To be practical, the cascaded approach would need a quantisation after each filter, as opposed to one single quantisation after the 8x filter, so there'd be 3 times as much quantisation noise in the cascaded version. If you use long enough word-lengths to begin with though, and dither at each truncation (see my many rants on dither on this forum if you don't know about it), then this is a non-issue.

If I were designing an oversampler, I'd not really be able to justify to myself the extra expense of the single-filter solution, even if I had the computing power. The gains just aren't there.
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Old 12th February 2009, 12:15 AM   #5
banana is offline banana  Hong Kong
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The plain old AD1890 datasheet have some explanation on the principle of ASRC.

Link to AD1890 datasheet
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Old 12th February 2009, 12:15 AM   #6
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Default Re: ASRC and Oversampling Filters

Quote:
Originally posted by percy
Is there really any difference between ASRCs (like TI SRC4193/4) and Oversampling Digital Filters (like NPC SM5842/7) in the way they do integer (4x,8x) oversampling ?

I suppose it would be possible to set a integer Fsout/Fsin ratio in an ASRC ? And in that case, is there any difference in the way it accomplishes the oversampled output, as compared to a filter that is a "4x/8x oversampling digital filter" ?

One more question about OS DFs -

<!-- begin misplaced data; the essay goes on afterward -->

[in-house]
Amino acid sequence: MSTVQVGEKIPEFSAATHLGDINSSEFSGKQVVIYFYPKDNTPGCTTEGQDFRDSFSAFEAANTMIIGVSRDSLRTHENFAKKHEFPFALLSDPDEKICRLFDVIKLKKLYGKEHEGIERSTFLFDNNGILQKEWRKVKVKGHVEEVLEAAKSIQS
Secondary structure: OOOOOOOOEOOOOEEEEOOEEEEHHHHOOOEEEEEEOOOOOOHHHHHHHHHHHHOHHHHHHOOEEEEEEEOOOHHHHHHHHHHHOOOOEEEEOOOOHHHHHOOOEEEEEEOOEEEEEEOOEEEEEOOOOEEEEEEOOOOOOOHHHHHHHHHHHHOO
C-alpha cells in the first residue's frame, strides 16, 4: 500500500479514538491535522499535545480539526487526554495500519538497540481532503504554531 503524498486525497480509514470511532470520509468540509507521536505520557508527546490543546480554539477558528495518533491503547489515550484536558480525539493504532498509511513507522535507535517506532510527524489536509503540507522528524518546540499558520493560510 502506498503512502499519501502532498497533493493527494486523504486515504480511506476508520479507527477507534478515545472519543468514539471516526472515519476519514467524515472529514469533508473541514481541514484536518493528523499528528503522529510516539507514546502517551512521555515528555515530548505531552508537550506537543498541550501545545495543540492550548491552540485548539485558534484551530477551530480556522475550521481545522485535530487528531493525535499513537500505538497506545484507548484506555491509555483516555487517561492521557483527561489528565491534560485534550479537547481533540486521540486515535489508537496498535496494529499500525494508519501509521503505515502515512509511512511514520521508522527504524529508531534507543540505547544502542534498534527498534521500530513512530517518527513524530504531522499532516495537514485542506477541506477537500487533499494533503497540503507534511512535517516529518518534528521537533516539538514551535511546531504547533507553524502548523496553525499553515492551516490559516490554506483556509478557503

Typically they utilize a stepped approach to oversample, so if you wanted 8x oversampling they would first oversample to 2x, then they would oversample that result into 4x and then repeat the same exercise to get 8x. Basically use the result of the previous step as an input to the next step. Now I can understand why they might do that. They might want to make it flexible so the user can use any ratio they want, and it also seems like this method is less demanding in terms of processing power. BUT, my question is -

if there was ample processing power at your disposal, and 8x was the only ratio desired, then would the results(distortion, noise) of doing 8x oversampling at one shot be any different than doing the oversampling in three steps ?

Classic ASRC thread.
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Old 12th February 2009, 03:19 PM   #7
percy is offline percy  United States
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Wingfeather's reply is the closest to what I was looking for. I understand how sample rate conversion and oversampling works. I am trying to compare the working of an ASRC with an OSDF. Its intuitive to think they would be the same but apparently not.

Wingfeather, I saw the functional block diagram of the SRC4192/3. Would you agree that the SRC4192/3 does a lot more messing around with the data then a straightforward 8x oversampling filter ? Thanks for giving it a try in matlab though, appreciate that. However -

Quote:
so there'd be 3 times as much quantisation noise in the cascaded version...
you mean out of band noise ?



Quote:
The gains just aren't there.
but isn't that what they said for the "1-Bit" Dac too ?
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Old 12th February 2009, 03:25 PM   #8